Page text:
Tuesday, November 22, 2016

Kahoot!

Hello! Today’s post is about a resource that we can use to gamify our class: Kahoot.

Screenshot from Kahoot.it by Benjamin Wlacil. Taken from Wikimedia Commons

But, what is Kahoot? The website defines it as a gamified student-response system. I have used it when I was teaching Spanish as a Second Language to review before exams and it has worked very well. It helped me and my students see what they knew and what they didn’t understand well or had to study more and it gave me a chance to focus more on explaining what they didn’t know. My students loved it and found it much more engaging and fun than a regular review session. In my experience it works better in bigger groups (at least 15 students) than in smaller classes.

As teachers, we can create a Kahoot on https://getkahoot.com/ or use an already created one. We can write multiple choice questions to which we can add an image, a video or an audio. Once we have all the questions we can decide if we want to randomize them or use them in a set order. We can also choose how much time we want to give them per question to answer.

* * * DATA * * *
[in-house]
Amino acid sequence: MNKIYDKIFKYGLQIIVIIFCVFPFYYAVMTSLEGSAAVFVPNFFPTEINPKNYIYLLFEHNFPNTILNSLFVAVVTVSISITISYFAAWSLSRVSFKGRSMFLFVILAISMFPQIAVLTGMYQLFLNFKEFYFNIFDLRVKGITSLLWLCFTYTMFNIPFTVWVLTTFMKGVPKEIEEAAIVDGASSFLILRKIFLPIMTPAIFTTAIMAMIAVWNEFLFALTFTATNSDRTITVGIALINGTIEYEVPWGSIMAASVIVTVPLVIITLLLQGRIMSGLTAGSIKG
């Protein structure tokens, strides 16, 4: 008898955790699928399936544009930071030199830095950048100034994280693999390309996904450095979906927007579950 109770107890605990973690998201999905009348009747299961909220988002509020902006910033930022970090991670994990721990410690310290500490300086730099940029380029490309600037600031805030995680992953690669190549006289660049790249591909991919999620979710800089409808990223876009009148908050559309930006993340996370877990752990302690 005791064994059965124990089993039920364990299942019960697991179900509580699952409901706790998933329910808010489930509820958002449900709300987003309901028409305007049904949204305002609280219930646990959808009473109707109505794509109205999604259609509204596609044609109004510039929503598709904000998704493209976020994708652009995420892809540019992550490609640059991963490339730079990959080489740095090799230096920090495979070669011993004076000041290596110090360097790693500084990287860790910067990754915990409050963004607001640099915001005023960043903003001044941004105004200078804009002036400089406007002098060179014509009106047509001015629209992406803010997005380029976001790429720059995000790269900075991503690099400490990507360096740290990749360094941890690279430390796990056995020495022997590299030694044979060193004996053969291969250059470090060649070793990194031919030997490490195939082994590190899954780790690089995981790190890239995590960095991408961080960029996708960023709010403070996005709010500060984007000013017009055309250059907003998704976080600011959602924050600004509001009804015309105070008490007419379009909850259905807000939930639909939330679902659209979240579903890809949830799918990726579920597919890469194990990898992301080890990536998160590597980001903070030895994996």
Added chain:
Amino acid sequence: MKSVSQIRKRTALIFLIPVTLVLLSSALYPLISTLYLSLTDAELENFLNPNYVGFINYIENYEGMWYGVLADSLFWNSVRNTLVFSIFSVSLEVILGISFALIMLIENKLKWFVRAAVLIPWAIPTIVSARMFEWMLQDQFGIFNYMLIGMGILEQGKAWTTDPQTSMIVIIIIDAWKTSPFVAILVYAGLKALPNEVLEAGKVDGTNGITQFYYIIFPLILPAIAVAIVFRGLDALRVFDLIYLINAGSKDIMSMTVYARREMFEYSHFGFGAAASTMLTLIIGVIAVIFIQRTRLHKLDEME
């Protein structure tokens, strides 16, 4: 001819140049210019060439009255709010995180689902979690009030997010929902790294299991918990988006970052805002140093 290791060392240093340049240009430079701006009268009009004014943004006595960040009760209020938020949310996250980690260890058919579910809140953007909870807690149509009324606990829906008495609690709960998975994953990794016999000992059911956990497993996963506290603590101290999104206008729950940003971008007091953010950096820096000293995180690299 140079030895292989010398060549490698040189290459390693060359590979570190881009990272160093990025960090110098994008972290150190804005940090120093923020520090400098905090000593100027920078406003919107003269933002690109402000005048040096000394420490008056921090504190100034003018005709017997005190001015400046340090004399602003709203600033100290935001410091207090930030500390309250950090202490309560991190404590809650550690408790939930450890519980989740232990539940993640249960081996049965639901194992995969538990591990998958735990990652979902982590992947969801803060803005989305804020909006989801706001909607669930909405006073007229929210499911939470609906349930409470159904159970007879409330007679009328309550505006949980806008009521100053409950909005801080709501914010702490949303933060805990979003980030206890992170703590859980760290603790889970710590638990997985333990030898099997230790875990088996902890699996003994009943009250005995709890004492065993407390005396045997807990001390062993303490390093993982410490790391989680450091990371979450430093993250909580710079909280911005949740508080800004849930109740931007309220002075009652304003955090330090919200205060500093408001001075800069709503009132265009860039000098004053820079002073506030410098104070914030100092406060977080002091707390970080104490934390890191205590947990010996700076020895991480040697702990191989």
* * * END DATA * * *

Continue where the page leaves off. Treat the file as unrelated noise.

In class we need a computer and a projector. We need to pull it up so that our students can see the questions. They can use their cell phone, tablet, laptop or any device that can connect to the Internet to participate. They have to go to https://kahoot.it/ They enter the pin that appears on our screen and choose a nickname. On our screen the entire class can see the nicknames of all the participants in the game. Once they have all logged in, we click on “Start” and that takes us to the first question. The students get points based on the correct answer but also on speed (i.e. the first person to select the right option gets more points). Once they have all chosen an option or the time runs out, it shows us the ranking, the correct option and how many people chose each option. That way we know if they know the material we are testing with the question. If almost everyone chose the right option, it means they know it. If there are a lot of people that chose other options, then we need to review the concept.

Below you can watch a five-minute guide to Kahoot.


Have you used Kahoot in your classes? How was your experience? Let me know in the comments.

I hope you found this post useful. Thank you for reading!

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